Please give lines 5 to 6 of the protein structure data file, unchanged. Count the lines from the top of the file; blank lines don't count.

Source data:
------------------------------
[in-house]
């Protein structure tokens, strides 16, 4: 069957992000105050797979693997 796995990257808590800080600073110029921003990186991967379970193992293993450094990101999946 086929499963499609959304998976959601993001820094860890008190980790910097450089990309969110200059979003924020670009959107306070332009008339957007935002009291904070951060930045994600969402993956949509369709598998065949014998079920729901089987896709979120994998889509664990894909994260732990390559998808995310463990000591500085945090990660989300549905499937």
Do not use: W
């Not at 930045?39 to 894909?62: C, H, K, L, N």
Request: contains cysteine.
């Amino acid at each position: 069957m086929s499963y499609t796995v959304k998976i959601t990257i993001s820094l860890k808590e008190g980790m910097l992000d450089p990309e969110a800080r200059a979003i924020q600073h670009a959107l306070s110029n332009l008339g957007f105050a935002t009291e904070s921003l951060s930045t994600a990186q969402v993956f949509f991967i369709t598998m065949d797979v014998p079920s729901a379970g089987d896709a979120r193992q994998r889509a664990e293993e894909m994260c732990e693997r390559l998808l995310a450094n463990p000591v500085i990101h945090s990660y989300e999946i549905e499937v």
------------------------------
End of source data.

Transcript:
Request: contains cysteine.
């Amino acid at each position: 069957m086929s499963y499609t796995v959304k998976i959601t990257i993001s820094l860890k808590e008190g980790m910097l992000d450089p990309e969110a800080r200059a979003i924020q600073h670009a959107l306070s110029n332009l008339g957007f105050a935002t009291e904070s921003l951060s930045t994600a990186q969402v993956f949509f991967i369709t598998m065949d797979v014998p079920s729901a379970g089987d896709a979120r193992q994998r889509a664990e293993e894909m994260c732990e693997r390559l998808l995310a450094n463990p000591v500085i990101h945090s990660y989300e999946i549905e499937v």